As use of complementary and alternative medicine (CAM) techniques such as yoga increases, it is important that the mechanisms through which yoga exerts its salubrious effects are elucidated. This study assesses the effects of a 12-week yoga intervention on the level of the brain's primary inhibitory neurotransmitter, gamma amino-butyric acid (GABA), using magnetic resonance spectroscopy (MRS). Using MRS, GABA levels have been shown to be low in subjects with depression, anxiety, epilepsy, cocaine dependence, and alcohol dependence. All of these disorders are treated with pharmacologic agents known to increase the activity of the GABA system. Controlled studies have shown that the practice of yoga also decreases symptoms in depression, anxiety, and epilepsy. In a previous study using MRS, experienced yoga practitioners demonstrated a 27% increase in brain GABA levels following a 60-minute yoga session in contrast with a .001% change found in controls after a 60-minute reading session. This suggests that yoga increases brain GABA levels, and should therefore be explored as a therapeutic intervention in disorders in which brain GABA levels are low. This application proposes a longitudinal study of 60 subjects that will be randomized into a yoga group or a reading group. Each group will participate in a 12-week intervention that will be composed of 60- minutes of Iyengar yoga or reading three times a week for a maximum of 36 interventions. Mood scales will be collected at the beginning and end of each session. Individuals will also participate in three imaging sessions comprised of mood scales followed by a MRS scan at the following times: Scan 1 at baseline prior to randomization;Scan 2 after 12-weeks of either a yoga or reading intervention;Scan 3 approximately one hour after Scan 2 during which time subjects will participate in either a 60-minute yoga or reading session depending on the group assignment. This study will explore the following hypotheses: 1) There will be no difference in baseline GABA levels at Scan 1 between the yoga group and the reading group;2) The yoga group will exhibit a greater increase in brain GABA levels from baseline than the reading group (Scan 2 - Scan 1);3) The yoga group will exhibit a greater acute increase in GABA levels after the intrascan intervention than the reading group (Scan 3 - Scan 2);4&5) Pre and Post session mood scales will show greater improvement in mood over the course of the 12-week intervention in the yoga group compared to the reading group;6) Acute changes in mood scales (Post-Pre) will be greater in the yoga group compared to the reading group;7) Improvement in mood states and increases in brain GABA levels will be positively correlated. Public Health Relevance: Disorders associated with low brain GABA states such as depression, and anxiety, cost the U.S billions of dollars each year in treatment costs and loss of productivity, not to mention the personal costs to the individual. This study will test the hypothesis that the practice of yoga significantly increases brain GABA levels. If confirmed this would suggest that the risk-to-benefit ratio of exploring the efficacy of yoga as a treatment for low GABA states is excellent, in that the practice of yoga promotes general health, has few side effects if practiced correctly and has no risk of secondary dependencies, which often occur with some pharmacologic treatments.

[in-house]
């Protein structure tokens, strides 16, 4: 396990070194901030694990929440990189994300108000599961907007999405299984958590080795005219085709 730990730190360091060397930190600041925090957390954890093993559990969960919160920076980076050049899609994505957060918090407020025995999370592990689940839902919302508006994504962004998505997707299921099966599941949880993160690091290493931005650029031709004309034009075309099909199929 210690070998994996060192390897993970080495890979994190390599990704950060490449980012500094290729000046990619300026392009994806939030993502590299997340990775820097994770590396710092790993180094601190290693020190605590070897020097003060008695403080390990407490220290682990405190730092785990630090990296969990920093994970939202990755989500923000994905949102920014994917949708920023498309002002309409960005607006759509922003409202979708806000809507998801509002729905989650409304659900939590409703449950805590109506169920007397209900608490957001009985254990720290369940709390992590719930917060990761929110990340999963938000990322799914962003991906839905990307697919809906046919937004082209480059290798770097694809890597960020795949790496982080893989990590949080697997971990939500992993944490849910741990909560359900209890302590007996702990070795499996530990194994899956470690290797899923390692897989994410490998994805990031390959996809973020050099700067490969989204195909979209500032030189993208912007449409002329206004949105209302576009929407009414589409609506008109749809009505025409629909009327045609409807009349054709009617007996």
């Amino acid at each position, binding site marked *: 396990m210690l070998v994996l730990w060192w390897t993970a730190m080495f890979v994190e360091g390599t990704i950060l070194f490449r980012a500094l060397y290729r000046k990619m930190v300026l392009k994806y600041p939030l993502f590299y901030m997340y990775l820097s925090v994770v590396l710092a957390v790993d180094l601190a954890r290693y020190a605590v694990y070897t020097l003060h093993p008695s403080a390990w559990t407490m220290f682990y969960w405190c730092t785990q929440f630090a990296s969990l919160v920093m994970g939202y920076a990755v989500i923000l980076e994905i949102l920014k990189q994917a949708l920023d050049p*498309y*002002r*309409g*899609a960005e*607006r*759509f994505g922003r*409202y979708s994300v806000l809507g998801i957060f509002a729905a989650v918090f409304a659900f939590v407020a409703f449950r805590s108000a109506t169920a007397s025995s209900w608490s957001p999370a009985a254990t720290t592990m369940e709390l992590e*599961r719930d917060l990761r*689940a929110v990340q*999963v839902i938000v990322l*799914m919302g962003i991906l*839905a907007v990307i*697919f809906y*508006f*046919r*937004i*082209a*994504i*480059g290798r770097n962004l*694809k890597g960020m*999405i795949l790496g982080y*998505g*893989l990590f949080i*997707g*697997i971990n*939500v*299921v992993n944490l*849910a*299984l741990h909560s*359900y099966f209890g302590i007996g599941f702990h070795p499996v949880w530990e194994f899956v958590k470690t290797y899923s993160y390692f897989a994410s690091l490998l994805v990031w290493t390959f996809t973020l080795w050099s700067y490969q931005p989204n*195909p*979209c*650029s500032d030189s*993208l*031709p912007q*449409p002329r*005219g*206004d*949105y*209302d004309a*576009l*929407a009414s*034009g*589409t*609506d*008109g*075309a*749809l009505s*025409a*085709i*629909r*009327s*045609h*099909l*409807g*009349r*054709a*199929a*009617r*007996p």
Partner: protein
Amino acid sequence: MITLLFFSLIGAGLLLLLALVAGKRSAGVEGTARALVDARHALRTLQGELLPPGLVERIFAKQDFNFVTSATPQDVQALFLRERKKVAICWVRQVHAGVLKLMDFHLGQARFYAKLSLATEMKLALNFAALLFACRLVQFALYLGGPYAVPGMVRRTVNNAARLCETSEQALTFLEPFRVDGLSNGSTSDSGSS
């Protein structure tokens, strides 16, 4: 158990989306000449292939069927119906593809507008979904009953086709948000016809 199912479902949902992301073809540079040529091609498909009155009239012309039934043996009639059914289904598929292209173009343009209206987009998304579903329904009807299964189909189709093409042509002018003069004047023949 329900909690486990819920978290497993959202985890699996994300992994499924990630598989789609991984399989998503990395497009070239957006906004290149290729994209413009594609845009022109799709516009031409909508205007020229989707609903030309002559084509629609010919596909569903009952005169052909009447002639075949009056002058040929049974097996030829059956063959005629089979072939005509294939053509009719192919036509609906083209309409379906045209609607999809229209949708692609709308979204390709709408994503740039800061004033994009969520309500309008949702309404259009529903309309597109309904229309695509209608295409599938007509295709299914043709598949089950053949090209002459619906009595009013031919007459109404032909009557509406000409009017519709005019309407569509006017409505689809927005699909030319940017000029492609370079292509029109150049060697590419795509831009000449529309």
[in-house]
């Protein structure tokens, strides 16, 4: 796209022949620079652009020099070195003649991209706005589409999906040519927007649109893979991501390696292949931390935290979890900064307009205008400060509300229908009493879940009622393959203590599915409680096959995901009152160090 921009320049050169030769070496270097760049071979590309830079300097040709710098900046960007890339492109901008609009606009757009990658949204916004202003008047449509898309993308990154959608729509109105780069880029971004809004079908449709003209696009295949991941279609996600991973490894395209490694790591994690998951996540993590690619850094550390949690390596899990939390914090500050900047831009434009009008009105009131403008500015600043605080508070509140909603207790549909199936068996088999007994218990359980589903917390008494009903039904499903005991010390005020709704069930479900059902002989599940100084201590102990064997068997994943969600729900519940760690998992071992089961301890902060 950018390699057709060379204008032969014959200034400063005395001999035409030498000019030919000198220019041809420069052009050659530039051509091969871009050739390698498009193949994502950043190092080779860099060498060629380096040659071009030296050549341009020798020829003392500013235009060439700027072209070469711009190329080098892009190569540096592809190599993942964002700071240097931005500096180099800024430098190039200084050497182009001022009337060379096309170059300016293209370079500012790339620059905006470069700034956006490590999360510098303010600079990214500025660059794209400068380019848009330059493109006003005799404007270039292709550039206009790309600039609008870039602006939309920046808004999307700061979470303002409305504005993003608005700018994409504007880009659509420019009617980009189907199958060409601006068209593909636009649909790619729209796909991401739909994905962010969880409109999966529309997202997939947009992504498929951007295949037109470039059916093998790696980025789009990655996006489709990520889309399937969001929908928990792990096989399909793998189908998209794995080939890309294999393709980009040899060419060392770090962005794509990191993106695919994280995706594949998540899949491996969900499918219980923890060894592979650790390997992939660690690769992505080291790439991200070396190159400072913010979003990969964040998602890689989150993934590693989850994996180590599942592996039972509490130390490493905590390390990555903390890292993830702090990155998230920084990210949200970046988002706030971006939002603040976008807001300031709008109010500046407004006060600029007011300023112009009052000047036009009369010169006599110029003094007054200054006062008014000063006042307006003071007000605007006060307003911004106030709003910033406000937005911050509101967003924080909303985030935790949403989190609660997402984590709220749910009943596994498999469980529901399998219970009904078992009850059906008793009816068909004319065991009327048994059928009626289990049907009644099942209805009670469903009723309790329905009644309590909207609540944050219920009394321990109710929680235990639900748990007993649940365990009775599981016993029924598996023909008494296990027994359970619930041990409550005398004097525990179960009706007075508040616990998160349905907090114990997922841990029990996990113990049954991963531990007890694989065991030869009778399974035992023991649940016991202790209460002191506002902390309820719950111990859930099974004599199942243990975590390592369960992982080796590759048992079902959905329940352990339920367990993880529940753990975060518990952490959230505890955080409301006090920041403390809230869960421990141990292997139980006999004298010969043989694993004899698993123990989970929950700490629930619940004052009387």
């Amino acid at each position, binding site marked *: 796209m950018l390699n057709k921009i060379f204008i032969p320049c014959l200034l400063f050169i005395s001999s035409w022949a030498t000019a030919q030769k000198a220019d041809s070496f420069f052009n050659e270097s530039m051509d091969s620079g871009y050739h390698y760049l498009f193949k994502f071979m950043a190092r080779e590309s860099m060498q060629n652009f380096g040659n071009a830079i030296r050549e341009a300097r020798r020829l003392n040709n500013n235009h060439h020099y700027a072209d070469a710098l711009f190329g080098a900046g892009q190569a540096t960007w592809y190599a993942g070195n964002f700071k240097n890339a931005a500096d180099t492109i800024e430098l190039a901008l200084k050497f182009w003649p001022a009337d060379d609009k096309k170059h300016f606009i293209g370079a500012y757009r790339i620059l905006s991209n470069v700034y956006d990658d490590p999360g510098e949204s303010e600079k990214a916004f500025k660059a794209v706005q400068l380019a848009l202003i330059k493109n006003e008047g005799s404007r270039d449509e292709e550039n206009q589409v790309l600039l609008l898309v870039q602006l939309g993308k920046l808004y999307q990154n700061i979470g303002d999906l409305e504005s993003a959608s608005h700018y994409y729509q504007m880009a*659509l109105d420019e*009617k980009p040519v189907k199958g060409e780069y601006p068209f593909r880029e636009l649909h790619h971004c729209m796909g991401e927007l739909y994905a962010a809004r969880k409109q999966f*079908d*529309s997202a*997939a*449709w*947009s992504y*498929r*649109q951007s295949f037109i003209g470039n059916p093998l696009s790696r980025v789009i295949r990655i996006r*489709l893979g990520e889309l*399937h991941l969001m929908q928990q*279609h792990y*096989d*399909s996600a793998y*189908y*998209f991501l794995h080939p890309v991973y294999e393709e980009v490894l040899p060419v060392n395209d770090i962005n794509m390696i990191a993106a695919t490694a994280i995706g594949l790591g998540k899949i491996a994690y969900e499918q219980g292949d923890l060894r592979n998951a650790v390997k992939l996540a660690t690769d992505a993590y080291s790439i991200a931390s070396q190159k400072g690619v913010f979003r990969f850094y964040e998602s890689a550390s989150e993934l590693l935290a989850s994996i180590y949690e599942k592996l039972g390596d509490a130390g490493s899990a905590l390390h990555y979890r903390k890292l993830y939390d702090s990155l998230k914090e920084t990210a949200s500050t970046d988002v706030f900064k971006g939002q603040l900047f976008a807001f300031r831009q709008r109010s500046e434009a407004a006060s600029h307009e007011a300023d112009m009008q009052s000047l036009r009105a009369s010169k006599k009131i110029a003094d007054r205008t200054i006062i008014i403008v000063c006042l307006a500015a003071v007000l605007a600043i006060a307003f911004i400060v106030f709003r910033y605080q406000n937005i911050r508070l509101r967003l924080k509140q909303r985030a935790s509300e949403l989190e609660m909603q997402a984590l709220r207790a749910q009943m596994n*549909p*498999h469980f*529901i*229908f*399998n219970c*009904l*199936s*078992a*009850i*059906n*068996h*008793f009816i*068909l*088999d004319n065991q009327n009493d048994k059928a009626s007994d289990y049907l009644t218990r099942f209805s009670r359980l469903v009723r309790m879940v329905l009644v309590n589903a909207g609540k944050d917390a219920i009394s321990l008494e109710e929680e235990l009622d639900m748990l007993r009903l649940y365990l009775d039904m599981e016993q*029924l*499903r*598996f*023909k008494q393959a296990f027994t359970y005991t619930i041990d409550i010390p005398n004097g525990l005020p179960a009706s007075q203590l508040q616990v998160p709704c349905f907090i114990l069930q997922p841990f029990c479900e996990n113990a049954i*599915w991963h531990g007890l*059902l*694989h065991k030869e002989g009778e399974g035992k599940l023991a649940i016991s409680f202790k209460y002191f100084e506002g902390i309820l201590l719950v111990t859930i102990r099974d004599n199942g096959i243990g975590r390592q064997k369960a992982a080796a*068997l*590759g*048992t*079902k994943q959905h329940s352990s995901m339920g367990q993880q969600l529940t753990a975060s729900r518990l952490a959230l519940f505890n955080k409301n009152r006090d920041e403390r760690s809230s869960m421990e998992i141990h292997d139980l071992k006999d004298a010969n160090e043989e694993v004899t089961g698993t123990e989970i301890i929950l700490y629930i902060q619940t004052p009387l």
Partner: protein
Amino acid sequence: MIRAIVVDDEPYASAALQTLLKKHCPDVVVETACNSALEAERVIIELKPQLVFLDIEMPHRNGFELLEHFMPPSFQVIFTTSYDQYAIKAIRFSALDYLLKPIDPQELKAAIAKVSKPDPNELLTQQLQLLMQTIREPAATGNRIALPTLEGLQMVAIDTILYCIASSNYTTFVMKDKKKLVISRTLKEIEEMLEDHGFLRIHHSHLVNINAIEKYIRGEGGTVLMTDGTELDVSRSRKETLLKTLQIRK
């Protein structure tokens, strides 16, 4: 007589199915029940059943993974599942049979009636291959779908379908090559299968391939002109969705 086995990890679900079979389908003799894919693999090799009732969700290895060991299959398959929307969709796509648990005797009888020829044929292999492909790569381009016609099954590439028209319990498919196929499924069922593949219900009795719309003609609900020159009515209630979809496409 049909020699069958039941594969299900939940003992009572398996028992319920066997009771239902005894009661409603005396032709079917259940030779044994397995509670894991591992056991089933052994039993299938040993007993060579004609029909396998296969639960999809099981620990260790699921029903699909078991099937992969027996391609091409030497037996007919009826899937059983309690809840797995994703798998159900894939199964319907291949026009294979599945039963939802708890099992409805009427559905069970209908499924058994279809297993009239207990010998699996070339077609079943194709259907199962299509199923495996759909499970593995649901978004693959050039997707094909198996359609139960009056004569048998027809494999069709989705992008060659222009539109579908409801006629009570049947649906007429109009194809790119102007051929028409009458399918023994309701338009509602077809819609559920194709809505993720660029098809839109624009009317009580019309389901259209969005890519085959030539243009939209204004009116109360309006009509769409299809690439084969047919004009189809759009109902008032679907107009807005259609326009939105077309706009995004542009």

National Institute of Health (NIH)
National Center for Complementary & Alternative Medicine (NCCAM)
Exploratory/Developmental Grants (R21)
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Special Emphasis Panel (ZAT1-JH (22))
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Khalsa, Partap Singh
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Boston University
Schools of Medicine
United States
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Streeter, C C; Gerbarg, P L; Saper, R B et al. (2012) Effects of yoga on the autonomic nervous system, gamma-aminobutyric-acid, and allostasis in epilepsy, depression, and post-traumatic stress disorder. Med Hypotheses 78:571-9
Streeter, Chris C; Whitfield, Theodore H; Owen, Liz et al. (2010) Effects of yoga versus walking on mood, anxiety, and brain GABA levels: a randomized controlled MRS study. J Altern Complement Med 16:1145-52